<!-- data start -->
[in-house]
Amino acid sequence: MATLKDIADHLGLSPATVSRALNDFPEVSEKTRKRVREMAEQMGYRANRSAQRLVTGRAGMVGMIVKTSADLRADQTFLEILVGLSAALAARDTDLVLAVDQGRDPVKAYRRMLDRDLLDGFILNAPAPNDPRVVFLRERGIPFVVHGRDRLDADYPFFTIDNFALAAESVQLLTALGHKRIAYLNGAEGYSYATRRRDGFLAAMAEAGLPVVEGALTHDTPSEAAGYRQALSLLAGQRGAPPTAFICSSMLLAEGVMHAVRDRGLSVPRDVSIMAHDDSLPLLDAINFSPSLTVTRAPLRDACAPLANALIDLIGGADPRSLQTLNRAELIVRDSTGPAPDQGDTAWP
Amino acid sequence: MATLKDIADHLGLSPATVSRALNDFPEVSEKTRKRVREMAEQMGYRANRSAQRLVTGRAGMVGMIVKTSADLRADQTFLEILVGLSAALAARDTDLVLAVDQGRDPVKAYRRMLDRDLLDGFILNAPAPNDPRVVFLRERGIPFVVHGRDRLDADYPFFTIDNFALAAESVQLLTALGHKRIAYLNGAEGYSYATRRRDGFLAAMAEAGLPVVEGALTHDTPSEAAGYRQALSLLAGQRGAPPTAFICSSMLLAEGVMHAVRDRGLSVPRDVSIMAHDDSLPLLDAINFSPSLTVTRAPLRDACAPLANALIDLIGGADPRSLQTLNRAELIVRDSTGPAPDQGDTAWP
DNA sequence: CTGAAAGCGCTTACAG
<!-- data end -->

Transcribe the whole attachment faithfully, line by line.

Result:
[in-house]
Amino acid sequence: MATLKDIADHLGLSPATVSRALNDFPEVSEKTRKRVREMAEQMGYRANRSAQRLVTGRAGMVGMIVKTSADLRADQTFLEILVGLSAALAARDTDLVLAVDQGRDPVKAYRRMLDRDLLDGFILNAPAPNDPRVVFLRERGIPFVVHGRDRLDADYPFFTIDNFALAAESVQLLTALGHKRIAYLNGAEGYSYATRRRDGFLAAMAEAGLPVVEGALTHDTPSEAAGYRQALSLLAGQRGAPPTAFICSSMLLAEGVMHAVRDRGLSVPRDVSIMAHDDSLPLLDAINFSPSLTVTRAPLRDACAPLANALIDLIGGADPRSLQTLNRAELIVRDSTGPAPDQGDTAWP
Amino acid sequence: MATLKDIADHLGLSPATVSRALNDFPEVSEKTRKRVREMAEQMGYRANRSAQRLVTGRAGMVGMIVKTSADLRADQTFLEILVGLSAALAARDTDLVLAVDQGRDPVKAYRRMLDRDLLDGFILNAPAPNDPRVVFLRERGIPFVVHGRDRLDADYPFFTIDNFALAAESVQLLTALGHKRIAYLNGAEGYSYATRRRDGFLAAMAEAGLPVVEGALTHDTPSEAAGYRQALSLLAGQRGAPPTAFICSSMLLAEGVMHAVRDRGLSVPRDVSIMAHDDSLPLLDAINFSPSLTVTRAPLRDACAPLANALIDLIGGADPRSLQTLNRAELIVRDSTGPAPDQGDTAWP
DNA sequence: CTGAAAGCGCTTACAG